'A Booming China Spells Trouble for America' In the past 30 years, China has transitioned from a state-controlled economy to an economic superpower. A panel of experts debates whether the Middle Kingdom's new status on the global stage poses a threat to the United States.
NPR logo 'A Booming China Spells Trouble for America'

'A Booming China Spells Trouble for America'

'A Booming China Spells Trouble for America'

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'A Booming China Spells Trouble for America'

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In the past 30 years, China has changed from a state-controlled economy to an economic colossus, and the effects of its boom are being felt in the world's biggest economy — the United States.

China's prosperity has benefited the United States: The country is the fastest-growing market for U.S. exports, and China's imports provide about $1,000 in increased purchasing power for the average American family.

Yet, as China's economy is growing, so is its trade deficit with the United States: a record $232 billion in 2006. China is gobbling up natural resources — and belching pollutants into the air and water — and its hunger for raw materials has drawn it closer to countries at odds with the U.S., like Iran. Its military buildup culminated recently with the destruction of an orbiting satellite; high-tech satellite communications are a key component of the U.S. military.

So, does China's economic boom spell trouble for the United States? That question was posed recently to a panel of experts in an Oxford-style debate, part of the Intelligence Squared U.S. series. The debates are modeled on a program begun in London in 2002: Three experts argue in favor of the proposition and three argue against.

In the latest debate, held on May 16, the formal proposition was Beware the Dragon: A Booming China Spells Trouble for America. The debate was held at the Asia Society and Museum in New York City and was moderated by James Harding, the business and city editor of The Times of London, who previously worked for the Financial Times and opened its Shanghai bureau.

In a vote before the debate, 41 percent of the audience supported the proposition and 37 percent opposed it, while 21 percent said they were undecided. After the debate, the audience voted 35 percent in support, 58.6 percent against and 6.1 percent undecided.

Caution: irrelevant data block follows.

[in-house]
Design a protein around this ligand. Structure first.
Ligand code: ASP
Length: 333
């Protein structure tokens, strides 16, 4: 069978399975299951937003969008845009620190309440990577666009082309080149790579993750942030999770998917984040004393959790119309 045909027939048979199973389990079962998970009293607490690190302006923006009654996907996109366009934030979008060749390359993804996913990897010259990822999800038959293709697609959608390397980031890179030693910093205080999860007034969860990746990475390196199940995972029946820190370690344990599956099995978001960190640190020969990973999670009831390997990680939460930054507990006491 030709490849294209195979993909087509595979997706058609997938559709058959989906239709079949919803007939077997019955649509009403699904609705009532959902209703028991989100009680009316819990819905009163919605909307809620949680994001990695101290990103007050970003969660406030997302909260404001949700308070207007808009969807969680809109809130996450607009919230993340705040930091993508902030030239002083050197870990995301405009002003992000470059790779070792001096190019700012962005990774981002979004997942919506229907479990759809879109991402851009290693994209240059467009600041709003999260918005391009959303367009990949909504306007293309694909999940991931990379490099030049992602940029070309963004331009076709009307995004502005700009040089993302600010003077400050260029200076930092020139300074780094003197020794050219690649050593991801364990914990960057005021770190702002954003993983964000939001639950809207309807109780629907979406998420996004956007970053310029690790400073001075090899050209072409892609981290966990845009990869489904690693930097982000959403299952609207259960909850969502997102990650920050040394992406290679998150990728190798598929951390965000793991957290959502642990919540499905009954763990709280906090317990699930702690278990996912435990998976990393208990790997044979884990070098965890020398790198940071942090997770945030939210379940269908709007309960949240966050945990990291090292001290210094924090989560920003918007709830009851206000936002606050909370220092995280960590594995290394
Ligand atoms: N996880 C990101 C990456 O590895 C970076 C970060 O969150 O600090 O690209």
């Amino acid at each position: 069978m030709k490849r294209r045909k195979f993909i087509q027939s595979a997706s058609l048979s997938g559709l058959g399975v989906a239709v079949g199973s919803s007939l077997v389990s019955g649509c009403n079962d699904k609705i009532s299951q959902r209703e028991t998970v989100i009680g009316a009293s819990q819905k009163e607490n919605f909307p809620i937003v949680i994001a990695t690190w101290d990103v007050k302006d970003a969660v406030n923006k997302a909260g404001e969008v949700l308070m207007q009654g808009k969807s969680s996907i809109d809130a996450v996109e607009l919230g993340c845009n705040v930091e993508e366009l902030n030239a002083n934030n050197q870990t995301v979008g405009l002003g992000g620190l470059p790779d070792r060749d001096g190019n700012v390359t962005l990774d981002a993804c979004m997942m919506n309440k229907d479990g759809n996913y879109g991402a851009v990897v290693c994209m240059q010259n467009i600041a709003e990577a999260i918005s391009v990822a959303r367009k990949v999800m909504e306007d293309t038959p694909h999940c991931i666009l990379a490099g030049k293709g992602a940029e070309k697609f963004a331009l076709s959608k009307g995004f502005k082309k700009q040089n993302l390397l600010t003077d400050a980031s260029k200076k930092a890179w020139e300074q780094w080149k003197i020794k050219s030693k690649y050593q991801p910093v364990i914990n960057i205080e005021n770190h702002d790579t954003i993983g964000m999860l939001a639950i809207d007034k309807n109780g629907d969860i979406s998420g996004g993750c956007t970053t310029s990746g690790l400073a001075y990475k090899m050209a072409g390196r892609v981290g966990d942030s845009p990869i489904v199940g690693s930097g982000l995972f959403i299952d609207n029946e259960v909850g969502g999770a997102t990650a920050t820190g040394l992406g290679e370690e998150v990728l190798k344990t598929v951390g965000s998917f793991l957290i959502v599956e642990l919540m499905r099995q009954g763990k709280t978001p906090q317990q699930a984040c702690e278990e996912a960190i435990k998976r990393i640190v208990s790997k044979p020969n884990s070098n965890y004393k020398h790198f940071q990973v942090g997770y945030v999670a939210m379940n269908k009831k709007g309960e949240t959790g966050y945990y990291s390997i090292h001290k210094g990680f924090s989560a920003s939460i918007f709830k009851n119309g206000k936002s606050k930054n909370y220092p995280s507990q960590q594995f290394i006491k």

Highlights from the debate:


Bill Gertz
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Bill Gertz, defense and national security reporter for the Washington Times and Fox News analyst, says: "The most serious trouble for America from China is China's military buildup. On January 11th of this year, China conducted an unprecedented anti-satellite missile test. They fired a missile that traveled through space and hit a low Earth orbit satellite, a Chinese weather satellite, destroying it and creating 16,000 pieces of debris, which pose a threat to other satellites. ... What the Chinese ASAT test showed was that China ... is going after niche weapons. ... Officials in Washington estimate that within the next six years, China will have the capability of destroying all U.S. low Earth orbit satellites — basically, this could be the modern-day equivalent of a space Pearl Harbor against the United States if there were a conflict over Taiwan."

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John Mearsheimer
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John J. Mearsheimer, the R. Wendell Harrison Distinguished Service professor of political science and co-director of the international security policy program at University of Chicago, says: "We have a Monroe Doctrine here in the United States. ... We basically tell the European and Asian great powers that they have to stay out of our hemisphere; we don't want them here. Don't you think the Chinese are going to feel the same way in Asia when they're powerful enough to think about dominating Asia? Furthermore, they're going to dominate, develop significant power-projection capability just like we have. ... The United States will not tolerate a situation where China tries to dominate Asia. ... The present situation is better for the United States and more stable than a world in which China is as powerful or almost as powerful as the United States."